Problems in Washington's troubled youth employment program literally spilled into the streets again yesterday as hundreds of young people jammed a downtown employment office seeking checks they were promised three weeks ago.

And once again many of the youngsters left empty-handed, angry at administrative foul-ups that have ruined one of Mayor Marion Barry's most widely touted programs.

Some of the teen-agers arrived yesterday at the D.C. Department of Employment Service's offices at 500 C St. NW 90 minutes before the doors opened. They were there hoping that their names would be on the 5,600 checks to be given out yesterday.

But before the office closed yesterday afternoon, hundreds, many accompanied by frusted parents, were still tapped in long lines that would around the office.

District officials conceded that up to 1,000 of the youths will remain unpaid until sometime next week, despite the overtime city workers put in this week in an effort to process their checks.

Yesterday was the second time in four weeks the program's thousands of youngsters did not get paid on time. On July 18, a week after about 1,800 youths went without their first paychecks, the program's director, John Anderson, was fired and replaced by Rudolph VonSlaughter, who heads the District's Comprehensive Employment and Training Act (CETA) program.

"Look at all these people," said Antonio Scott 17, gesturing at the pushing and often cursing, youths jammed in the office. "When '82 comes Marion Barry expects us to come out and vote for him? For what?"

"Marion Barry, he's wrong, John Anderson, he's wrong, too," hissed Vandora Dodd, 17, of 5743 East Capitol St. SE. "If they didn't have the money for all these folks then they shouldn't have hired them," she added.

"Who's sponsoring this program?" yelled another youth, "Whoever it is they don't know what they're doing."

After problems with the first paychecks, District employment officials promised that all the missing checks from the first paydays, July 10 and 11, would be made within days.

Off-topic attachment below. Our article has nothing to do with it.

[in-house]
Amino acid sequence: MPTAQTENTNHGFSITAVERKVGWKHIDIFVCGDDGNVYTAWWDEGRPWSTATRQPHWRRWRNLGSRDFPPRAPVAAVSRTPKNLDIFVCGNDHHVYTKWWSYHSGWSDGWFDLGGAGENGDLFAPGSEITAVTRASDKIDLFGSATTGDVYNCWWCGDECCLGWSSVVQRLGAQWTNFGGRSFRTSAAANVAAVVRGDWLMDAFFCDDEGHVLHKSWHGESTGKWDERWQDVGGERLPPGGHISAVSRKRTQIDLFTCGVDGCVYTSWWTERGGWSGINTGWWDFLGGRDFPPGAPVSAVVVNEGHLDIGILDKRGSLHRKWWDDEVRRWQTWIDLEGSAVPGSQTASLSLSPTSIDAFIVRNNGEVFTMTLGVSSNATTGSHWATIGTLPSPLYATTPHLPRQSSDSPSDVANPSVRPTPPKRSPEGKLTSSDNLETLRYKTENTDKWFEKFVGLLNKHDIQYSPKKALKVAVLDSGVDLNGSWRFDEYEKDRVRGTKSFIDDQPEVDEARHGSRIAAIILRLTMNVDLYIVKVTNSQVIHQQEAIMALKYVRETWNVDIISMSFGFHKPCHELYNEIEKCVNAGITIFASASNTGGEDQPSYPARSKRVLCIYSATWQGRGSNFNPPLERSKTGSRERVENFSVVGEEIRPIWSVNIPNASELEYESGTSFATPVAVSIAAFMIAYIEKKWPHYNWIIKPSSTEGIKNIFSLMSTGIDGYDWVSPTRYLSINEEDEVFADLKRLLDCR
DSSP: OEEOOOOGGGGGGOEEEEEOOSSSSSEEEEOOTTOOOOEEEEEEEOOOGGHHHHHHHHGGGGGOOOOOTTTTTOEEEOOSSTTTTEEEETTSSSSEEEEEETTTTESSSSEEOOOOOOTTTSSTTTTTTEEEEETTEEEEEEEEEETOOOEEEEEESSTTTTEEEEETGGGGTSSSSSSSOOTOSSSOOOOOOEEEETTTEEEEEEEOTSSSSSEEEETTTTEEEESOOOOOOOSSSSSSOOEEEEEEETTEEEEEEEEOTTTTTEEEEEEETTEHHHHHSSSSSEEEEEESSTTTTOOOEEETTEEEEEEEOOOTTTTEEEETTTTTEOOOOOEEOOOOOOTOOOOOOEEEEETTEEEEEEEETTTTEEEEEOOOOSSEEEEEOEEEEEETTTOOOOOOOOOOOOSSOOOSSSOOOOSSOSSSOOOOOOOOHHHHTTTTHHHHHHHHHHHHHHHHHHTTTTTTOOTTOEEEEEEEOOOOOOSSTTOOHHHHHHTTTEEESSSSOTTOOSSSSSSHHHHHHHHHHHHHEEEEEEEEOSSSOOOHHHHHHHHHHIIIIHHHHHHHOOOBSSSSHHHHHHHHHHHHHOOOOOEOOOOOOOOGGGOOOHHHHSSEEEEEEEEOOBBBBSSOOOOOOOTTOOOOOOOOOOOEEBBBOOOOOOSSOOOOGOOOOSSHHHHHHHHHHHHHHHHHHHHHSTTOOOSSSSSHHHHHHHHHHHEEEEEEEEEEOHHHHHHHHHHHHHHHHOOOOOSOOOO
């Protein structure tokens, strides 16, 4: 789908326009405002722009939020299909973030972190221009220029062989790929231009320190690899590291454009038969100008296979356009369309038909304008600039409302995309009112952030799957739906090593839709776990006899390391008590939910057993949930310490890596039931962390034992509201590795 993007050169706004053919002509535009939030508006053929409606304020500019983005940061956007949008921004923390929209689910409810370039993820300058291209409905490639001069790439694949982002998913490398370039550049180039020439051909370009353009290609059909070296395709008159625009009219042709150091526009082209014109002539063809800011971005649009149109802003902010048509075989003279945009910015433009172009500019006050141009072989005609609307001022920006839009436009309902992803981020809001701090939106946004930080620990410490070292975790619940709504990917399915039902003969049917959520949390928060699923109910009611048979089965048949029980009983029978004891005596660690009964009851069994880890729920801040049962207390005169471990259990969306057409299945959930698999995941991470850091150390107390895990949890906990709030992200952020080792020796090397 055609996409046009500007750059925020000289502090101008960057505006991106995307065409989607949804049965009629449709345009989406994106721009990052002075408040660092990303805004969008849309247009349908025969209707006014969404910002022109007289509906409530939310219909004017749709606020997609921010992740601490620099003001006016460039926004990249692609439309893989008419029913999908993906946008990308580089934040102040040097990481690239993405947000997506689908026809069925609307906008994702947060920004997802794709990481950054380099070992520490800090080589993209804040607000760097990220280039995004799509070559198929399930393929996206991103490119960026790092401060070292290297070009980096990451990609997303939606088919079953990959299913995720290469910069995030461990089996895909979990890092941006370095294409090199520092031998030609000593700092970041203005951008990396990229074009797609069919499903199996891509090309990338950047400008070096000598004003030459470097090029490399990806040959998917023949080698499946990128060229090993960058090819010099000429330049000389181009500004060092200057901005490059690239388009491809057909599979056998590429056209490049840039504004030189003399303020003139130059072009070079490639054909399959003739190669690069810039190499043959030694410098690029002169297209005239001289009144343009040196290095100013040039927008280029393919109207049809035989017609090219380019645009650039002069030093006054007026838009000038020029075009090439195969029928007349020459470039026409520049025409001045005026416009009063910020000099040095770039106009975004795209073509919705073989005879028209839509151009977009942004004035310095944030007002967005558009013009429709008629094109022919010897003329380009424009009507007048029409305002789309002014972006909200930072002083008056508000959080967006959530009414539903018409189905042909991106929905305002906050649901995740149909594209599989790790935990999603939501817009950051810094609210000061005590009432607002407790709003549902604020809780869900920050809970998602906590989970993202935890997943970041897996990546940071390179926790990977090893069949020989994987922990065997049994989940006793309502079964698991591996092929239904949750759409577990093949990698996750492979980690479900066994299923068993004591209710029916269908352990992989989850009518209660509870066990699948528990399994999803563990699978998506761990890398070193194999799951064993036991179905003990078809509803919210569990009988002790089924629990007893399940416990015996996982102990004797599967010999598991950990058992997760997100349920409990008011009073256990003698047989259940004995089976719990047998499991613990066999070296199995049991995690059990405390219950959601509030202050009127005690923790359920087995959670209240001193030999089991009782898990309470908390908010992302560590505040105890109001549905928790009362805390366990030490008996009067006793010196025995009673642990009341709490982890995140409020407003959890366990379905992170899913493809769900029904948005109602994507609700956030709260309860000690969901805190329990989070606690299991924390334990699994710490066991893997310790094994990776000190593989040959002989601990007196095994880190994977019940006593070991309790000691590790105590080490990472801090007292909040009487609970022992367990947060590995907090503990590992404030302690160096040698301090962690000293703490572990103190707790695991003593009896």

Nevertheless, the payroll problems, aggravated by a watermain break in the basement of the program's headquarters at 222 Sixth St. NW last Sunday, have left thousands of youths unsure where their paychecks are, or if the checks even exist.

When their supervisors could not give them the answers, hundreds of the youths decided to come to the program headquarters on Friday. Some received checks, but many simply got what they said was a City Hall runaround. They said they were told to go either to one of the eight program offices on Saturday, or to return downtown.

Thomas Kennerly, 16 of 316 Quintana Pl. NE said yesterday he waited for his check with 150 other youths for five hours on Friday at the Kingman Boys Club, where he works as a day-care aide, before they were told by "the lady in the office" to come down to the C Street headquarters. After standing in a long line there, Kennerly said he was told that his supervisor was waiting for him back at the Boys Club.

But the supervisor never showed up and Kennerly, with his mother, Sandra Mi-Chelle, were among the hundreds in the sometimes tense crowd at C Street yesterday.

"It's ridiculous -- they say they want the children to be more responsible but the adults here are not setting a good example. I feel that the kids are behaving pretty well here. It could have been a riot," she said.

City officials insist that no one person or problem can be singled out for their repeated failures at delivering checks, a problem that also plagued the program last summer. Interviews with officials, supervisors and the youths illustrate a massive management problem and lack of communication from top to bottom.

"It's no use to point a finger at anyone. Whichever level you look at it, it's a fiasco," said Von Slaughter, who was charged with cleaning up the program eight days ago.

The problems with the pay system include:

Incompetent or misinformed supervisors at worksites who have failed to follow proper procedures in preparing the youths' individual time cards.

Failure at the district manager level to keep proper track of all work-sites and their workers.

Failure to communicate main office instructions to worksite supervisors because of understaffing and poor training.

Transfer of thousands of youths from one worksite to another without proper paperwork.

The sheer size of the operation, which doubled its payroll from 9,300 to 17,000 workers in just four weeks without what one official called adquate shakedown or preparation.

Von Slaughter pointed out that the program's central office literally did not know that 244 of the 2,554 worksite existed until this week. He also said that the program has lost between 20 and 30 of the 200 managers responsible for picking up timecards from the worksites, a key link between the youths and the administration.

As a result, Von Slaughter said, he will hire 40 to 50 new managers on Monday to beef up the program and will "strongly recommend" that employment director Ford hire an outside firm to run a streamlined check-delivery system in time for the next payday, Aug. 7-8.

With the eyes of the mayor and thousands of youths on him, Von Slaughter acknowledged he is in a hot spot and likely to end the summer "with my name as mud."

"I've dealt with hurricanes David and Frederick," said Von Slaughter, a former city commissioner from west Florida, "but I've never seen anything like this."